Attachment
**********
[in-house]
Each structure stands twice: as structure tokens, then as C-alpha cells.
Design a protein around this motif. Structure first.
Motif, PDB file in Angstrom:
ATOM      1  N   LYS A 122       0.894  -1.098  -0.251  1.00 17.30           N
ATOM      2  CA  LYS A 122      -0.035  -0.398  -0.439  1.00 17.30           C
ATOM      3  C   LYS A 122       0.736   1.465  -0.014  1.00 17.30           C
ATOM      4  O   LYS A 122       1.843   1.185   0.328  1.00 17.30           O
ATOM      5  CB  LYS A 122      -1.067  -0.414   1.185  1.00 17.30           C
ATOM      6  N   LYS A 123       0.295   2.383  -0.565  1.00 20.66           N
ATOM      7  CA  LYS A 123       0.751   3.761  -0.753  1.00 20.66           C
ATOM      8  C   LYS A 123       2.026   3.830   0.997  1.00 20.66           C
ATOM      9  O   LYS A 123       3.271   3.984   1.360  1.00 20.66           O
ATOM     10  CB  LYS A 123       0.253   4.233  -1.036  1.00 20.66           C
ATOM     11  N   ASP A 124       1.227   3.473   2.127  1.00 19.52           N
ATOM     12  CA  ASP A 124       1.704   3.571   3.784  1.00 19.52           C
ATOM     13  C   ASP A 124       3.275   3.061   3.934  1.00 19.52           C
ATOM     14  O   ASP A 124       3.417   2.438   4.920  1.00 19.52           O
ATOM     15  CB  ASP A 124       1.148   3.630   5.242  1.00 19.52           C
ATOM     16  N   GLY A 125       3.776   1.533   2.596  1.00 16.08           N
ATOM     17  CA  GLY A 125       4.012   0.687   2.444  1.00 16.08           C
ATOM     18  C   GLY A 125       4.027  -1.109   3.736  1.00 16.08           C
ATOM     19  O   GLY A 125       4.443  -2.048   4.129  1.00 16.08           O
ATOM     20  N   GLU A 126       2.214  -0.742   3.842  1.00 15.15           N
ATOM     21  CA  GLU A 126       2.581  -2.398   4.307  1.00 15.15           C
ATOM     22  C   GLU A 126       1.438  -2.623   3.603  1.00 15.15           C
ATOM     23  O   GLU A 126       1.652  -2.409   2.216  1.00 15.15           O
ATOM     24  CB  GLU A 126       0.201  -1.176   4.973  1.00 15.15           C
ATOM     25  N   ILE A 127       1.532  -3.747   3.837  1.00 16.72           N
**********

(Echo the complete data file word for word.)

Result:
[in-house]
Each structure stands twice: as structure tokens, then as C-alpha cells.
Design a protein around this motif. Structure first.
Motif, PDB file in Angstrom:
ATOM      1  N   LYS A 122       0.894  -1.098  -0.251  1.00 17.30           N
ATOM      2  CA  LYS A 122      -0.035  -0.398  -0.439  1.00 17.30           C
ATOM      3  C   LYS A 122       0.736   1.465  -0.014  1.00 17.30           C
ATOM      4  O   LYS A 122       1.843   1.185   0.328  1.00 17.30           O
ATOM      5  CB  LYS A 122      -1.067  -0.414   1.185  1.00 17.30           C
ATOM      6  N   LYS A 123       0.295   2.383  -0.565  1.00 20.66           N
ATOM      7  CA  LYS A 123       0.751   3.761  -0.753  1.00 20.66           C
ATOM      8  C   LYS A 123       2.026   3.830   0.997  1.00 20.66           C
ATOM      9  O   LYS A 123       3.271   3.984   1.360  1.00 20.66           O
ATOM     10  CB  LYS A 123       0.253   4.233  -1.036  1.00 20.66           C
ATOM     11  N   ASP A 124       1.227   3.473   2.127  1.00 19.52           N
ATOM     12  CA  ASP A 124       1.704   3.571   3.784  1.00 19.52           C
ATOM     13  C   ASP A 124       3.275   3.061   3.934  1.00 19.52           C
ATOM     14  O   ASP A 124       3.417   2.438   4.920  1.00 19.52           O
ATOM     15  CB  ASP A 124       1.148   3.630   5.242  1.00 19.52           C
ATOM     16  N   GLY A 125       3.776   1.533   2.596  1.00 16.08           N
ATOM     17  CA  GLY A 125       4.012   0.687   2.444  1.00 16.08           C
ATOM     18  C   GLY A 125       4.027  -1.109   3.736  1.00 16.08           C
ATOM     19  O   GLY A 125       4.443  -2.048   4.129  1.00 16.08           O
ATOM     20  N   GLU A 126       2.214  -0.742   3.842  1.00 15.15           N
ATOM     21  CA  GLU A 126       2.581  -2.398   4.307  1.00 15.15           C
ATOM     22  C   GLU A 126       1.438  -2.623   3.603  1.00 15.15           C
ATOM     23  O   GLU A 126       1.652  -2.409   2.216  1.00 15.15           O
ATOM     24  CB  GLU A 126       0.201  -1.176   4.973  1.00 15.15           C
ATOM     25  N   ILE A 127       1.532  -3.747   3.837  1.00 16.72           N